Variable Usage: Span and Live Time

posted on 2004-11-12 at 23:36:06 by Joel Ross

I've been (slowly) reading Code Complete. Tonight, I started chapter 10: General Issues in Using Variables. In 10.4, Steve talks about two measurements that you want to try to minimize: average span and live time.

Span is the number of lines of code between between references to a variable. The average is a total of all of the spans, divided by the number of variable references minus 1. For example:

int a = 1;
int b = 2;
int c = a + b;

The variable a has a span of 1 - one line between it's initialization and it's next reference. The variable b has a span of 0. There are no lines between the two references. The gist of what the book says is that by keeping the uses of a variable close to each other, it will be easier to figure out what the value for a variable will be.

On the other hand, live time is the time a variable is in play. It is the number of lines from first reference to last reference. In the example, a has a live time of 3, while b has a live time of 2. The argument for a short live time is twofold. First, by declaring and initializing variables close to where they are used, you can ensure that the value of the variable isn't changed in other parts of the program. Second, if you limit the use of a local variable, it will be easier to refactor because you don't have to worry about references to the variable spread throughout the whole method. It's use will be contained.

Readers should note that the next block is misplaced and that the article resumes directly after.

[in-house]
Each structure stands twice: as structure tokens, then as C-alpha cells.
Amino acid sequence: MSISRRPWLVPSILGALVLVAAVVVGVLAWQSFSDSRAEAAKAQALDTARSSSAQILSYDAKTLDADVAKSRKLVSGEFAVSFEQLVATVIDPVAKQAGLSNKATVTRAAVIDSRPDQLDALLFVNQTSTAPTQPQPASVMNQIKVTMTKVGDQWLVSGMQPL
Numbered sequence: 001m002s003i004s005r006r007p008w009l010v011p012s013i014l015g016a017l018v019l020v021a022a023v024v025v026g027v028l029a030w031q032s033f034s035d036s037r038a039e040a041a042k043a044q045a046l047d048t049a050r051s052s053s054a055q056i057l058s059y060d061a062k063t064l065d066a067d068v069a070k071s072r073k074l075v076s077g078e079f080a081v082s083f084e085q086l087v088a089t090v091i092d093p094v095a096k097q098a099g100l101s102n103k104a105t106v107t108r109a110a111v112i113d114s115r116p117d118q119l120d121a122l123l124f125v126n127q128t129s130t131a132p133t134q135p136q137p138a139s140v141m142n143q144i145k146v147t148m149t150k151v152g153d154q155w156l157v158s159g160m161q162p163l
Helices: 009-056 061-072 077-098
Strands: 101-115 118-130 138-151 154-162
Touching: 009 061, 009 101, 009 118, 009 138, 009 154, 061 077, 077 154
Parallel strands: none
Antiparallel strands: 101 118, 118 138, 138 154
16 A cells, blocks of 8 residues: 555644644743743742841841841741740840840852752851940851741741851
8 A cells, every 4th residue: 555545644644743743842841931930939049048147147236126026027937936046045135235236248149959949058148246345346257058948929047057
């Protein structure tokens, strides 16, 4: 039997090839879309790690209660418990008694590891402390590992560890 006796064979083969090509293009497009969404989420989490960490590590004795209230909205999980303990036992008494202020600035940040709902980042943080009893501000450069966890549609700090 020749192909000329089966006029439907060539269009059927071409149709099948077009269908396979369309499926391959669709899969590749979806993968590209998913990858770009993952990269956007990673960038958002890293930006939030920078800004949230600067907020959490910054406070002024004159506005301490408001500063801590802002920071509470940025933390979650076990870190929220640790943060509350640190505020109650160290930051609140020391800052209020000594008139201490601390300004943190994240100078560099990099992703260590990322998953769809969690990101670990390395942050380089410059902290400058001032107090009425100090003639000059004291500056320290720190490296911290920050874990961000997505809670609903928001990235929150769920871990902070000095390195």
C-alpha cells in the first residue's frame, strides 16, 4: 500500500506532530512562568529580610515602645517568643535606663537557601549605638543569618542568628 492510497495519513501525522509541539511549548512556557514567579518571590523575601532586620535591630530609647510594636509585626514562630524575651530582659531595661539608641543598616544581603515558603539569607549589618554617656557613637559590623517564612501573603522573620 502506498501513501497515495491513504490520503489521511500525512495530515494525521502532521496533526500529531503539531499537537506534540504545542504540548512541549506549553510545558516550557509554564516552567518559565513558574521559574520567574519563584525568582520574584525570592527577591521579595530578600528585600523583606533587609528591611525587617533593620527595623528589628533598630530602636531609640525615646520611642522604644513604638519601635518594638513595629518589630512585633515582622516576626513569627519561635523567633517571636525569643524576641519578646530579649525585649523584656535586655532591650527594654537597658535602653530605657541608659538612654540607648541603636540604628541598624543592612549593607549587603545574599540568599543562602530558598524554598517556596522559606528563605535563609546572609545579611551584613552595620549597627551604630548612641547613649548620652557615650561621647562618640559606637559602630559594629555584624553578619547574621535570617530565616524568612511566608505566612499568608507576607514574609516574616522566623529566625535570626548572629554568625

The book says you should try to minimize both, but my question (and belief) is this. If you keep the average span low, does it really matter if the live time grows? Obviously you don't want to let your methods grow to be huge, but if you are utilizing the variable over and over, does the live time really matter? Or am I off base here?

The next section, which relates to the above is about variable scope. I've never done any testing, but I'm curious about one thing. In C#, if you declare a variable inside a loop, it's scope is local to that loop particular loop only. Is that more or less efficient than declaring a variable outside the loop and initializing it inside the loop?

You see, I need to know these things. I don't want my code ending up on The Daily WTF!

Categories: Development